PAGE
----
The Institute of International Finance (IIF) says it expects growth in the Middle East and North Africa (MENA), particularly in oil-importing countries, to decline by 2.4pps to 0.8 percent in 2020, which would be the lowest point since the early 1990s, according its recent report about COVID-19’s impacts on the region’s economy.
It added that a global recession will lead to a reduction in trade, foreign direct investment, tourism flows, and remittances to Egypt, Jordan, Morocco, and Lebanon, adding that Egypt stands to see a significant drop in Suez Canal transit revenue.
Non-resident capital flows to the MENA region are expected to decrease from $182 billion in 2019 to $101 billion in 2020, on the back of lower equity and debt flows, according the report.
“As in 2008 and 2009, resident outflows, mostly in the form of sovereign wealth funds (SWFs), will decline sharply from $215 in 2019 to $136 billion in 2020, reflecting the increasing need to tap SWFs to finance the large deficits. Nonetheless, official reserves are expected to drop by $120 billion, mostly in Saudi Arabia, Algeria, Iraq, and Iran. We also project a sharp decline in the cumulative SWFs of Kuwait, Qatar, and the UAE,” the report projected.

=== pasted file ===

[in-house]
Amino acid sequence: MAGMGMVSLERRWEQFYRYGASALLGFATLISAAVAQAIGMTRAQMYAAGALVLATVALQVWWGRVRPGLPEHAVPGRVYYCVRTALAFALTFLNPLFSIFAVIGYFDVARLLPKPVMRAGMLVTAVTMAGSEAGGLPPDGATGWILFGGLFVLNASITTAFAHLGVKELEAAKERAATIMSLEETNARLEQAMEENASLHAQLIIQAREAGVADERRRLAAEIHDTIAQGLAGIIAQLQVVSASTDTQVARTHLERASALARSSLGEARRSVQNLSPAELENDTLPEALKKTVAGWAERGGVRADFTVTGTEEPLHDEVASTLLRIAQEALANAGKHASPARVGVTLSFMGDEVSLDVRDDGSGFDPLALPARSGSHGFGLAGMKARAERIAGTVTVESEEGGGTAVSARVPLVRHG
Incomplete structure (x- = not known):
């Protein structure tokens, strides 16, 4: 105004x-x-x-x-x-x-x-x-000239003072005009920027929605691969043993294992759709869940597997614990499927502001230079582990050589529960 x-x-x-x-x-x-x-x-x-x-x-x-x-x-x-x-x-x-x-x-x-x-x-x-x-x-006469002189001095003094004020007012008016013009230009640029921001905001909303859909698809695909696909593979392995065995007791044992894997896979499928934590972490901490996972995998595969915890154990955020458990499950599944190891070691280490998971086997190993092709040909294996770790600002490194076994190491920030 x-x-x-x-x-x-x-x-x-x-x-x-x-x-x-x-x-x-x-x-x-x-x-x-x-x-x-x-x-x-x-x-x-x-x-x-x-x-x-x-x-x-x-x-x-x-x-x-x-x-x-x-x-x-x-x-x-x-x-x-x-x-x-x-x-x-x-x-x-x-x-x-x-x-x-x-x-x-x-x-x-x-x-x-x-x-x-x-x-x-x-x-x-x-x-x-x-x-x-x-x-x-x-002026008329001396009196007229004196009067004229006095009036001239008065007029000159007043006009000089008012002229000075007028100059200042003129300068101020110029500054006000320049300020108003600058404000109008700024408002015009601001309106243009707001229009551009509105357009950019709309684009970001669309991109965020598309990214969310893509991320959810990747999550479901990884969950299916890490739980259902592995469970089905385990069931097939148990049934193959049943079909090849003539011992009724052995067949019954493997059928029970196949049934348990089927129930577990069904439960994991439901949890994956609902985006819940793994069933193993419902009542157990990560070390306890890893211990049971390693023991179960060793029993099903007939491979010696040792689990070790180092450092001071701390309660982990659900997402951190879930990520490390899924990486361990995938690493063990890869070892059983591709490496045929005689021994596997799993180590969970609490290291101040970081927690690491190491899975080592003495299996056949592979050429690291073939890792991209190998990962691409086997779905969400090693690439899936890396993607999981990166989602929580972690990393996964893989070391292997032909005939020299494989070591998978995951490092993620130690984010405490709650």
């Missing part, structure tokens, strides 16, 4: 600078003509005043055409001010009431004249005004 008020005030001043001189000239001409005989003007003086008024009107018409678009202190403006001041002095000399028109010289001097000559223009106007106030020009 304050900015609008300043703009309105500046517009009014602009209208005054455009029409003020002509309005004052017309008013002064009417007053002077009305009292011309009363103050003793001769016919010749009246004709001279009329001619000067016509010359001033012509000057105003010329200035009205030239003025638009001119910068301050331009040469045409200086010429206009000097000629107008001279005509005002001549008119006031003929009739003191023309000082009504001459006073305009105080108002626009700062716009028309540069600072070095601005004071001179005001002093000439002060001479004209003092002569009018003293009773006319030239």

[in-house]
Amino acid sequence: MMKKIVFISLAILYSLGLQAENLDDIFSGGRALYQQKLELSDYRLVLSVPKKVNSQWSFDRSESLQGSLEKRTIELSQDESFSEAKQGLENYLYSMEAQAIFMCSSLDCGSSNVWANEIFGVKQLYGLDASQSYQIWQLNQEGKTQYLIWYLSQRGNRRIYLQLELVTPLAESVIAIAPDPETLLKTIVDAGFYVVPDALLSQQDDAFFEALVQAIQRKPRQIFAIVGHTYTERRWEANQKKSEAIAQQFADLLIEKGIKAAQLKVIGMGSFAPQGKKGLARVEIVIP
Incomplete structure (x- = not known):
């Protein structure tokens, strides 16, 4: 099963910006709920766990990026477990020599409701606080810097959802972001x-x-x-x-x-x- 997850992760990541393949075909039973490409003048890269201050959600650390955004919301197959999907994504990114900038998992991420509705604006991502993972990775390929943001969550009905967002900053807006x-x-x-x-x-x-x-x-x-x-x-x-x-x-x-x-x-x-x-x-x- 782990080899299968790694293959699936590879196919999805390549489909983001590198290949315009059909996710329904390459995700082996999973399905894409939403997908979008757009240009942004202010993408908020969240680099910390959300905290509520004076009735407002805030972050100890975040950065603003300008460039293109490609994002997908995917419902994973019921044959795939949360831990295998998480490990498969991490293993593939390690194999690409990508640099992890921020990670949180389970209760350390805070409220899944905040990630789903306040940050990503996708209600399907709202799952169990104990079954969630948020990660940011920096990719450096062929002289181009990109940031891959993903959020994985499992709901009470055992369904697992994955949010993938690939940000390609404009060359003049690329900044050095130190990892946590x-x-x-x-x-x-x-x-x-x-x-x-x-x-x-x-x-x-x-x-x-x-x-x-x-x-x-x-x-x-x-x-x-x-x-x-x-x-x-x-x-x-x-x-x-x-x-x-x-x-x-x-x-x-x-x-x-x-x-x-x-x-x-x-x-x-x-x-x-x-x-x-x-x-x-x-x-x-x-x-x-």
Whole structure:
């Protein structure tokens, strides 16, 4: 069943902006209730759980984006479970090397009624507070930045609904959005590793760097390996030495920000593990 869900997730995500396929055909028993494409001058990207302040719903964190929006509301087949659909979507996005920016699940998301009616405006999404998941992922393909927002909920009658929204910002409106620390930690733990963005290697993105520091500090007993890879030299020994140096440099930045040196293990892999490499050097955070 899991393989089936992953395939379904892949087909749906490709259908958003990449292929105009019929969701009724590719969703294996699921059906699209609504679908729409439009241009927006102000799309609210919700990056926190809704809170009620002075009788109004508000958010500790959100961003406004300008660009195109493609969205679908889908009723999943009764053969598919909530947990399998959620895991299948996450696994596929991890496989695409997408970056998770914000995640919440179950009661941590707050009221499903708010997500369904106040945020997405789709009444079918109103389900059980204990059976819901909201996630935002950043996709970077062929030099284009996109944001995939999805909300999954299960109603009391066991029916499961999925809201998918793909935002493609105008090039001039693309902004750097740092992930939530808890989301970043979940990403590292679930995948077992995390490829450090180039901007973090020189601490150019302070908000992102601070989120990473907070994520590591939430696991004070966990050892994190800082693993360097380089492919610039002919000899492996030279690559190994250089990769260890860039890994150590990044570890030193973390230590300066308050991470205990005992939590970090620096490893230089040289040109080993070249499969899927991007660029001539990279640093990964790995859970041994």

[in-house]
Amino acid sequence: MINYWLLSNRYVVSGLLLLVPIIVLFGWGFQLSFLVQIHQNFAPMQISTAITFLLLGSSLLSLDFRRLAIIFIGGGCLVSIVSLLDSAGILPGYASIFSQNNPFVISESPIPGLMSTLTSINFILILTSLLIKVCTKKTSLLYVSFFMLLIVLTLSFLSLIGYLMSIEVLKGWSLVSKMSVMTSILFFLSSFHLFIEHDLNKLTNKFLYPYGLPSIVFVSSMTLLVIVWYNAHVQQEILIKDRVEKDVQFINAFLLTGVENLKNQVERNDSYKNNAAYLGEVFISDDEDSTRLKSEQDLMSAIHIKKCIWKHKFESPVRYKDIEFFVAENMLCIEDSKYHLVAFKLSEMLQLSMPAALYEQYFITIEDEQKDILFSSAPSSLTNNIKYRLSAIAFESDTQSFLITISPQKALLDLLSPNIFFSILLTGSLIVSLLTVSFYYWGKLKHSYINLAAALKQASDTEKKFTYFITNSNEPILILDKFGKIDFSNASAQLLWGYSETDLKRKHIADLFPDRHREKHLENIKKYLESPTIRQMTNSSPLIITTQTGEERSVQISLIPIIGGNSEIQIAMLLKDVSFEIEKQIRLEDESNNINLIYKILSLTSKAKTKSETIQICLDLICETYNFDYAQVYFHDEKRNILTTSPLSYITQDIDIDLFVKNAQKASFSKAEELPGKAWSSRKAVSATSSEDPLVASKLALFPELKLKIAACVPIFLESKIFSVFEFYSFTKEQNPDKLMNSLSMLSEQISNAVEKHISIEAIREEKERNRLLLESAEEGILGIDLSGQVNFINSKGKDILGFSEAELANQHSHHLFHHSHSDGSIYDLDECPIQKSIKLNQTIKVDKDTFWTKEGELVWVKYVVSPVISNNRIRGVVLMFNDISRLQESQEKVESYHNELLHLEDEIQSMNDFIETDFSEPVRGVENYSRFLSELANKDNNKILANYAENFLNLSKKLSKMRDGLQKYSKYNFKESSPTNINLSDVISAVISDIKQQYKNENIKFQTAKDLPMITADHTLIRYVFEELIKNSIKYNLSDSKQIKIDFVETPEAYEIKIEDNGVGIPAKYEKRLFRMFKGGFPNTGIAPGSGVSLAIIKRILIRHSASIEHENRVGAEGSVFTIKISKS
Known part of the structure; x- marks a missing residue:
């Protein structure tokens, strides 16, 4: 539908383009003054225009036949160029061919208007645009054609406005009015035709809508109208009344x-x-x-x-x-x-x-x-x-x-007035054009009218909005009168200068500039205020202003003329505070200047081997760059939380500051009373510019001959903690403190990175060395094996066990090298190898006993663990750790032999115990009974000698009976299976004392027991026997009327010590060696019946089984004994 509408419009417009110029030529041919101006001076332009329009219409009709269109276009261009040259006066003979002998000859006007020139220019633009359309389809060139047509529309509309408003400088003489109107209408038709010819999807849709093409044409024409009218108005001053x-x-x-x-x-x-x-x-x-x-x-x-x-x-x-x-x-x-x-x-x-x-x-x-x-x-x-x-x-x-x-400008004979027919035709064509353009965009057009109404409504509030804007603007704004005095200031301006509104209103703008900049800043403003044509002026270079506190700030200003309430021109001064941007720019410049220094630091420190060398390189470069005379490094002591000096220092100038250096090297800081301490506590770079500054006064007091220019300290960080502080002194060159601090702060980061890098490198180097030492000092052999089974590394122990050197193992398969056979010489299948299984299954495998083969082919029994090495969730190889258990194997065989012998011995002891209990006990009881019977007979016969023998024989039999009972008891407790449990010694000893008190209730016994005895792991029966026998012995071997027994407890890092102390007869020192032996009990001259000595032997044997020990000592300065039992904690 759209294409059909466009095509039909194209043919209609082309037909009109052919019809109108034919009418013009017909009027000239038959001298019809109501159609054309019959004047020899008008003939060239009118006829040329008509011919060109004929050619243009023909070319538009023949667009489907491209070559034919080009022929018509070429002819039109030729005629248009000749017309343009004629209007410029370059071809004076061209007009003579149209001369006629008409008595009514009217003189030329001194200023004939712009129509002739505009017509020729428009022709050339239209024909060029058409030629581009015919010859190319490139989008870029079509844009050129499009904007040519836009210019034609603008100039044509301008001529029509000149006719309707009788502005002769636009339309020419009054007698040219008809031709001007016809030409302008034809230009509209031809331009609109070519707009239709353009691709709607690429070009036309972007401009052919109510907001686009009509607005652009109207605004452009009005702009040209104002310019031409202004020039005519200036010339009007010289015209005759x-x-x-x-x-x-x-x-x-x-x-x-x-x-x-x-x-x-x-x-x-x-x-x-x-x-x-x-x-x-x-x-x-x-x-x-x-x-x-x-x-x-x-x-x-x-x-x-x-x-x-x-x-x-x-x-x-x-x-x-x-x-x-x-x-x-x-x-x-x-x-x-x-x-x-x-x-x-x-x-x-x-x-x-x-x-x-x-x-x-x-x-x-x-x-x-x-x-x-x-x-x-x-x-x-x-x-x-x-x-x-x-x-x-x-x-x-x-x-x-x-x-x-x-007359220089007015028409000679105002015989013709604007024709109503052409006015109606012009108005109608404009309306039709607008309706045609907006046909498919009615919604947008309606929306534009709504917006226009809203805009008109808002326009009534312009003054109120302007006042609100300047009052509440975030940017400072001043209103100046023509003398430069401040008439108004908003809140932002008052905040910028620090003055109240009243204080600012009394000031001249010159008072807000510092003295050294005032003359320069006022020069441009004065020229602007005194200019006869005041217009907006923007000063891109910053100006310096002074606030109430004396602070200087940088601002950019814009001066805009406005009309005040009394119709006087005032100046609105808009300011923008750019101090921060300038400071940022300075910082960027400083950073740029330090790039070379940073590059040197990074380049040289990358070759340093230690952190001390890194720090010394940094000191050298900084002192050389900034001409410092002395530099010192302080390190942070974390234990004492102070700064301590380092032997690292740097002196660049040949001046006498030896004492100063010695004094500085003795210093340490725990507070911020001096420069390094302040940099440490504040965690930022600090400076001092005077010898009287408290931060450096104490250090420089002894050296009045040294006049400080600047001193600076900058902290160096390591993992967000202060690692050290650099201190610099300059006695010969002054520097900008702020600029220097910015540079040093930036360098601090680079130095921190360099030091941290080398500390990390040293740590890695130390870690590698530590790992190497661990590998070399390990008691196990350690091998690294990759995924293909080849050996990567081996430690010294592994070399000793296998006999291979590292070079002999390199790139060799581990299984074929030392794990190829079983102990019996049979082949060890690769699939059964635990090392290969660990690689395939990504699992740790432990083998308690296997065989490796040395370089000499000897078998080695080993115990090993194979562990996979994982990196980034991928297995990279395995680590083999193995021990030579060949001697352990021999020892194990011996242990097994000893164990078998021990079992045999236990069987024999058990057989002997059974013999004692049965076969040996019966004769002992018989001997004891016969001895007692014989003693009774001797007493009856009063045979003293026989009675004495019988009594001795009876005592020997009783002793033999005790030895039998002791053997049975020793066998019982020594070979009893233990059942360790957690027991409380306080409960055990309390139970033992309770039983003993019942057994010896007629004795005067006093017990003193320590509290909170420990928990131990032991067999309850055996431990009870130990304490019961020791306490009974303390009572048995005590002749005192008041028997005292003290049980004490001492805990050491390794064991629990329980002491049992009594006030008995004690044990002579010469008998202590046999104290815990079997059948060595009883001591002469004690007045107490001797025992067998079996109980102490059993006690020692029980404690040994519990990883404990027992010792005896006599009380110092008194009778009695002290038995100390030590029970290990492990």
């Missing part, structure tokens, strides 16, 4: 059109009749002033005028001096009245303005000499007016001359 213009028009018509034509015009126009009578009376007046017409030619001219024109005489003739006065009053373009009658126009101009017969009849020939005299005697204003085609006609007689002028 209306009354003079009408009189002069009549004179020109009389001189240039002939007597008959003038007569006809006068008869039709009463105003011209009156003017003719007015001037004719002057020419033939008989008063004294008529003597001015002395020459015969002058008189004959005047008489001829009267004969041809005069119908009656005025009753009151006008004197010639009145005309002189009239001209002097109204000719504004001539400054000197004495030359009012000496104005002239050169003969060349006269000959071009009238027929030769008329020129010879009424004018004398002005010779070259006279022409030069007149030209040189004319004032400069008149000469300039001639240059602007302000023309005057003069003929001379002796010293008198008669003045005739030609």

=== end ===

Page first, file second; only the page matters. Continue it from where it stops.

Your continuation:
Regarding global oil prices, the IIF expects that the nine MENA oil exporters will see a fall in hydrocarbon earnings in 2020 of $192 billion, which equals 11 percent of GDP.
For oil exporters, the IIF says they are likely to record large fiscal deficits due to the collapse in oil revenue, leading to a rise in public debt.
As a result, the cumulative current account balance would shift from a surplus of $65 billion in 2019 to a deficit of $67 billion in 2020, and the fiscal deficit would rise from 2.9 percent of GDP to 9.1 percent, the report projected.
The service sector will be hit the hardest as a result of social distancing, the report said.
According the report, COVID-19’s impact includes quarantines, disruption in supply chains, travel restrictions, and business closings, in addition to the crash in oil prices in light of the breakdown of OPEC+ point to a recession in the MENA region, the first in three decades.